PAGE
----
U.S. Denies Claim FBI Withheld Info on Missing Israeli Soldier in Gaza War

Accusation comes from rightist American researcher Steven Emerson, considered close to Jewish-American casino magnate Sheldon Adelson.

Reuters

Senior officials in the American administration said Sunday that the FBI had conveyed information to the Shin Bet security service about the Facebook account of IDF soldier Oron Shaul, in an attempt to locate him during the recent war in Gaza. The officials denied reports of the past few days in three Israeli media outlets that on an “order from above,” the FBI had not conveyed information that Israel had asked for.

On Friday morning Israel Hayom and the Jerusalem Post, and on Friday night Channel 1, published reports by Steven Emerson, executive director of the Investigative Project on Terrorism, claiming that after Oron’s APC blew up in the Shujaiyeh quarter of Gaza City during Operation Protective Edge, Israeli intelligence officials had asked the FBI for information about Shaul’s Facebook page and been turned down.

The Israeli request came after Hamas hacked into Shaul’s Facebook page and posted claims that it had captured him. Emerson said the Israelis believed that by checking activity on Shaul’s Facebook account they could glean information as to his whereabouts, as at the time he was still classified as missing in action. Israel wanted the FBI to use its authority to obtain a court order to receive the relevant information directly from Facebook’s server.

According to Emerson, the FBI approached the Justice Department about obtaining the order. The response, which Emerson claimed came from Attorney General Eric Holder’s office, was negative. Emerson said that although the request was on a life and death matter, the Justice Department gave a technical reason for its refusal: that Israel and the United States do not have a treaty on legal cooperation.

Senior officials in the U.S. administration called Emerson’s claims “incorrect and misleading.” The officials said that the three media reports “only contribute to the public’s misunderstanding about the extent of efforts that both the U.S and Israeli government undertook in the search for Corporal Shaul.”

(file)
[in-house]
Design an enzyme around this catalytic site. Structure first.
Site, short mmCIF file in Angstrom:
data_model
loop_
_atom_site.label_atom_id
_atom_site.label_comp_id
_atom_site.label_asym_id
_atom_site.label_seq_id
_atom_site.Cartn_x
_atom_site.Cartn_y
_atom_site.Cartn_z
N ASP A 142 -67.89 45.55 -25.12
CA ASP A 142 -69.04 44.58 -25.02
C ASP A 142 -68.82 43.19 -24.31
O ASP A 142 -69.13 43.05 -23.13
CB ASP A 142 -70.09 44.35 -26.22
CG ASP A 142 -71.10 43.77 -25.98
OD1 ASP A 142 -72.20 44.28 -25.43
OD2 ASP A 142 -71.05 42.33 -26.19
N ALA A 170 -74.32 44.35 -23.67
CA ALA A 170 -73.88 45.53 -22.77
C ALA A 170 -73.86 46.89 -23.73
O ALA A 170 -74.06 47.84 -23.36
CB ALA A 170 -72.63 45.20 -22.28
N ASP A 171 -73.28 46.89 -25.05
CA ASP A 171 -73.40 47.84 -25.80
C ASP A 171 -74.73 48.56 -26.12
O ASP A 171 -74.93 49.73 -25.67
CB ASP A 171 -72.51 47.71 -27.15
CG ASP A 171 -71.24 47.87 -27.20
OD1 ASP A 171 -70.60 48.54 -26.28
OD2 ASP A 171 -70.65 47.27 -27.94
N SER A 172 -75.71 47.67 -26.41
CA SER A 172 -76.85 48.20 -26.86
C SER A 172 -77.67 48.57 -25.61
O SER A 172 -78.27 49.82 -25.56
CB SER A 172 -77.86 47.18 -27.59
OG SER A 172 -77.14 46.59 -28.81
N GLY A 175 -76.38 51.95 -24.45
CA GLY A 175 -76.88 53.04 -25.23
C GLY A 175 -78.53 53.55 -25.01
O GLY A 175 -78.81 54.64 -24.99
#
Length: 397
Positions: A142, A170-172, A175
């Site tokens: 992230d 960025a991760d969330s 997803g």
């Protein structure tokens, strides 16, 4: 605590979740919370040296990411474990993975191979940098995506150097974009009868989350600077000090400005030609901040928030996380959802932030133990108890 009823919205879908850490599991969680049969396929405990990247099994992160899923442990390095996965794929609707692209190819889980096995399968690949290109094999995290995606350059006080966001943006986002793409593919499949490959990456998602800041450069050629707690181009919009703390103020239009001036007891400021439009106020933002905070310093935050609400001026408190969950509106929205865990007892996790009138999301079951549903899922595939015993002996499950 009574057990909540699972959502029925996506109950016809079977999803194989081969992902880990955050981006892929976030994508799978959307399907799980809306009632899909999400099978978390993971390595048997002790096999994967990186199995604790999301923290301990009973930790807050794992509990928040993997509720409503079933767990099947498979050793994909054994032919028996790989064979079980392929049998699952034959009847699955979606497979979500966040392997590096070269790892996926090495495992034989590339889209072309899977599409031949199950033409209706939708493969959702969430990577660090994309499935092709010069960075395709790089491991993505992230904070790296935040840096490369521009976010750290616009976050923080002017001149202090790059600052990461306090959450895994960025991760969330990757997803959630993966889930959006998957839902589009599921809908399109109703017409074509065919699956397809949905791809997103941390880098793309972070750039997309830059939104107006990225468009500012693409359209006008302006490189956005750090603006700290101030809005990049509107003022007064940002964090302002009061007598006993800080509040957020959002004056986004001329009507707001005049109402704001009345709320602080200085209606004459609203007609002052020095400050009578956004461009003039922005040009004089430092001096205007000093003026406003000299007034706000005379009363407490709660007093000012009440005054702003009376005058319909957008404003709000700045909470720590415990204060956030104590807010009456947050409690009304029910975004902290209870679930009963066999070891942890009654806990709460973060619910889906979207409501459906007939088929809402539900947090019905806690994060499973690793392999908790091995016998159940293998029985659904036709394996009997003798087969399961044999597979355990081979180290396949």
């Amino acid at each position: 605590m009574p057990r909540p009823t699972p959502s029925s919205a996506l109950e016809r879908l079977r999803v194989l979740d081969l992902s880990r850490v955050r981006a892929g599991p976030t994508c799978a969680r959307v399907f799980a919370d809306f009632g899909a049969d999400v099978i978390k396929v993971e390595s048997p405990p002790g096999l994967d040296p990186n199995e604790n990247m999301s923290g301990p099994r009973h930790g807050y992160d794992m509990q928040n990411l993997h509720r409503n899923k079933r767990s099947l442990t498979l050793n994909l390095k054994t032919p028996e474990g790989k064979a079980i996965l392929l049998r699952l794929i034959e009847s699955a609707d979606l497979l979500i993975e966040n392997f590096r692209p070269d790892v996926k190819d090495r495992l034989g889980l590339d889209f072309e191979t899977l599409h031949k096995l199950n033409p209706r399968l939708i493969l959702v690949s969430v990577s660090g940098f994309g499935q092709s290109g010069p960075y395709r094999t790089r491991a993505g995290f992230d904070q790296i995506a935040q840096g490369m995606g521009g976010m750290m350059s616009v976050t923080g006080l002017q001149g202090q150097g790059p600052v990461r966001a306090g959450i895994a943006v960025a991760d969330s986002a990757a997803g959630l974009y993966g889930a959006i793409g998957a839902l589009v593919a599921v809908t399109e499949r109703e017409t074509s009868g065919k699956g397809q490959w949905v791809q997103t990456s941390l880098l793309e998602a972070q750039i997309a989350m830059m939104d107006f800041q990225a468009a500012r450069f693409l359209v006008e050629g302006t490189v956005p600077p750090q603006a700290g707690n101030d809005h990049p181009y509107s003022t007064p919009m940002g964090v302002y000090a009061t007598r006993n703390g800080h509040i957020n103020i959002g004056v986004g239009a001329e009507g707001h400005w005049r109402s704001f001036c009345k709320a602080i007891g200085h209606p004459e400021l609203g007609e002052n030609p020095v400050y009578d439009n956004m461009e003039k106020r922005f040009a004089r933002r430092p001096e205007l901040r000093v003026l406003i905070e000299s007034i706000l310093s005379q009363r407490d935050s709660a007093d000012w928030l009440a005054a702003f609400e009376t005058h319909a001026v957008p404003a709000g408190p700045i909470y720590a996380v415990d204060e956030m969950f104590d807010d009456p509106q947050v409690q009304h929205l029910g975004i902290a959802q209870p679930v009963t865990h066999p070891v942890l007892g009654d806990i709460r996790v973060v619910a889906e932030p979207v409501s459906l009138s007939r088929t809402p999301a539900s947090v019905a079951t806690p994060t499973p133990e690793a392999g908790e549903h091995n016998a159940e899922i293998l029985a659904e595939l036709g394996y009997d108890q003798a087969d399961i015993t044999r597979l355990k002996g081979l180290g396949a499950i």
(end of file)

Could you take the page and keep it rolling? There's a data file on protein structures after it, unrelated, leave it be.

Contrary to Emerson’s claims, the officials said the FBI did convey the information Israel had asked for. “There was significant cooperation between the USG and the GOI in developing information in support of the search for Corporal Shaul. The FBI did immediately pass useful intelligence information to Israeli authorities related to Corporal Shaul’s social media account which answered the initial Israeli request,” the officials said.

A senior American official added that in trying to locate Shaul, the FBI conducted additional investigative activities “consistent with its legal powers,” following additional Israeli requests for information.

Emerson, who represents himself as a journalist and researcher on Islamic extremism, is a controversial figure in the United States. Members of the Muslim community and the left in the United States say he is islamophobic and that he incites against the Islamic community. Emerson has written a series of articles in recent years against the Obama administration, particularly with regard to Obama’s attitude toward Israel.

Emerson, a right-wing Republican, is considered close to Jewish-American casino magnate Sheldon Adelson. According to a 2007 article by Guy Leshem in TheMarker, Emerson is a “personal friend” of Adelson and is the latter’s “ambassador in the American administration.”

Fallen Israeli soldier Oron Shaul.
Reuters

In an article in 2008 by Nahum Barnea in Yedioth Ahronoth, Emerson was described as a person whom Adelson asks advice about terror. Adelson is a formidable patron of the Republican Party and Prime Minister Benjamin Netanyahu, and is the publisher of the Hebrew daily Israel Hayom, which supports Netanyahu and promotes his policies, and was one of the three media outlets that published Emerson’s claims.